Thursday, June 7, 2018

Physical Properties of Silk Fiber in Textile

Silk Fiber Characteristics in Textile Industry:
There is naturally much more variation in the physical properties of wild silk than in cultivated silk. For example-may be yellow, grey, brown or green. Seen under the microscope, wild silk may distinguished from cultivated silk by its irregular width. It is also marked by longitudinal striations and tends to have flattened areas on which are transverse markings. These flattened areas are caused by filaments pressing against one another in the cacoon before the material of the silk has hardened. 
Silk fiber in textile spinning
Fig: Silk fiber in textile spinning
Treatment of the wild silk filament with economic acid will disintegrate it into a bunch of finer filaments, fibrils or micelles about 1 micro in diameter. The same effect can be obtained by severe mechanical or chemical treatment of cultivated silk, in which the fibrils are more closely compacted.

Seen in cross-section, the twin filaments in wild silks are wedge shape, with the short bases facing one another. The cut section of the filament is dotted with markings corresponding to the striations running lengthwise through the filament. These mark the boundaries between the fibrils, which are less closely held together than in cultivated silk.

Physical Characteristics of Silk Fiber in Textile Industry:
In the following, all the physical properties of silk fiber used in textile industry are explained:

1. Tensile Strength:
Silk is a strong fiber. It has tenacity usually of 30.9-44.1 cN per tex (3.5-5.0 gram per denier). Wet strength is 75-85 percent of the dry strength.

2. Elongation:
Silk filaments have an elongation at break of 20-25 percent under normal conditions. At 100 percent relative humidity, the extension at break is 33%.

3. Elasticity:
The elastic recovery of silk after spinning is not so good as that of wool, but is superior to that of cotton or rayon. Once it has stretched by amount 20 percent of its original length, silk tends to remain permanently stretched. There is a slow elastic recovery or creep after extension, but the silk does not regain its original length.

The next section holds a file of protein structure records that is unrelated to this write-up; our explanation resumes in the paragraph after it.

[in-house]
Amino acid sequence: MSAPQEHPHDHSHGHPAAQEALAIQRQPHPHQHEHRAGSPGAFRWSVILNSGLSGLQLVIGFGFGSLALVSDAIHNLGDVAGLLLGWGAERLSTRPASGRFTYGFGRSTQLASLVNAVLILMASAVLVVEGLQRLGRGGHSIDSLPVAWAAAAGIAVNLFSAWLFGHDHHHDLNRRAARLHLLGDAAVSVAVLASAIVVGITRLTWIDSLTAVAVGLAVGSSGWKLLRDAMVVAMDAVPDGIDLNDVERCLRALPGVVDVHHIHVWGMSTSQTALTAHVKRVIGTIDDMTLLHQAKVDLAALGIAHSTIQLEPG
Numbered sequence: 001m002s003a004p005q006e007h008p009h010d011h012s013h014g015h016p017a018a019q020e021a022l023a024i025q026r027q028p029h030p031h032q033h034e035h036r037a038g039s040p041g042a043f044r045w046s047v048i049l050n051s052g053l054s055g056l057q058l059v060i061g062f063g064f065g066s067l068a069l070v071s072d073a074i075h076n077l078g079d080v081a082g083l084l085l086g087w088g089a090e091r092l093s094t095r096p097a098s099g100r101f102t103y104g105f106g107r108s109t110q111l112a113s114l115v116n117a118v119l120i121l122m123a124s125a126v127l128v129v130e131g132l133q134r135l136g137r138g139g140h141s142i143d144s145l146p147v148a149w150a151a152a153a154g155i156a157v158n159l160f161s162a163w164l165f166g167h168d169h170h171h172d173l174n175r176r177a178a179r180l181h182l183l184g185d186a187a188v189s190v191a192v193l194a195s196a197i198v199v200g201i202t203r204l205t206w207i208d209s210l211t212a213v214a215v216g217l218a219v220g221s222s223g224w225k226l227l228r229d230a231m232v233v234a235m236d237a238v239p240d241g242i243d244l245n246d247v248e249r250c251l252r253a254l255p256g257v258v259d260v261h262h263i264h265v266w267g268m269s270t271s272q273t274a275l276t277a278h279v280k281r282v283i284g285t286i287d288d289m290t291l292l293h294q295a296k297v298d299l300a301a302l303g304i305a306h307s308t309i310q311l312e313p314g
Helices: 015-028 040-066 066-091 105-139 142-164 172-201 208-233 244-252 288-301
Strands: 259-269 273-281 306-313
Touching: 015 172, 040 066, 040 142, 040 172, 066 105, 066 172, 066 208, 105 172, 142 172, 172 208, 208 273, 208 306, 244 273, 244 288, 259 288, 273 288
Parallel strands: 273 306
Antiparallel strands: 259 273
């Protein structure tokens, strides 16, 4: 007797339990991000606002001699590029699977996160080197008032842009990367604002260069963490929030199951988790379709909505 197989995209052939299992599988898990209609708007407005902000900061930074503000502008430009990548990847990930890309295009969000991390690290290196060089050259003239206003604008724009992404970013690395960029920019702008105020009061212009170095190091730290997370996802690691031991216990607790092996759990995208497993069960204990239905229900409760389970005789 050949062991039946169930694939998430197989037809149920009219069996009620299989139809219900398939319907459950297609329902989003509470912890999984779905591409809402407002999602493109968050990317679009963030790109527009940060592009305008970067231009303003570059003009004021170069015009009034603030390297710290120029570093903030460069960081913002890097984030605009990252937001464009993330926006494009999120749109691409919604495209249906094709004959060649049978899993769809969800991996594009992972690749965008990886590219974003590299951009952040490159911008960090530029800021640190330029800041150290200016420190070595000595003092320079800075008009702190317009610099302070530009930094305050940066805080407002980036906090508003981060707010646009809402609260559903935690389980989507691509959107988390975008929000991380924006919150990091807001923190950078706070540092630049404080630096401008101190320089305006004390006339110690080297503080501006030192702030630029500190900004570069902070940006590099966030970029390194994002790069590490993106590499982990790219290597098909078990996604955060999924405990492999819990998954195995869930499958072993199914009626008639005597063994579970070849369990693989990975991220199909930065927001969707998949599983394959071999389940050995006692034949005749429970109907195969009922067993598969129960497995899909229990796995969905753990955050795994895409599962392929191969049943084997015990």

4. Specific Gravity:
Degummed silk is less dense than cotton, flax rayon or wool. It has a specific gravity of 1.25. silk fabrics are often weighted by allowing the filaments to absorb heavy metallic salts, this increases the density of the material and affects its draping properties.

5. Effect of Moisture:
Like wool, silk absorbs moisture readily. It can take up a third of its weight of water without feeling wet to the touch. Silk has a regain of 11%. If there are salts or impurities in the water, silk tends to absorb them too. Hard water, therefore, will contaminate silk. Degummed silk will swell as it takes up moisture; the extent of the swelling depends upon the relative humidity of the atmosphere. At 100% relative humidity, silk absorbs 35% of its weight of water and increases in cross-sectional area by 46% (from 65% relative humidity).

6. Effect of Heat:
Silk will withstand higher temperatures than wool without decomposing. Heated at 140°C, it will remain unaffected for prolonged periods. It decomposes quickly at 175°C. silk burns, emitting a characteristic smell like that of burning hair or horn.

7. Effect of Age:
Silk is attacked by atmospheric oxygen, and may suffer a gradual loss of strength if not carefully stored.

8. Effect of Sunlight:
Sunlight tends to encourage the decomposition of silk by atmospheric oxygen.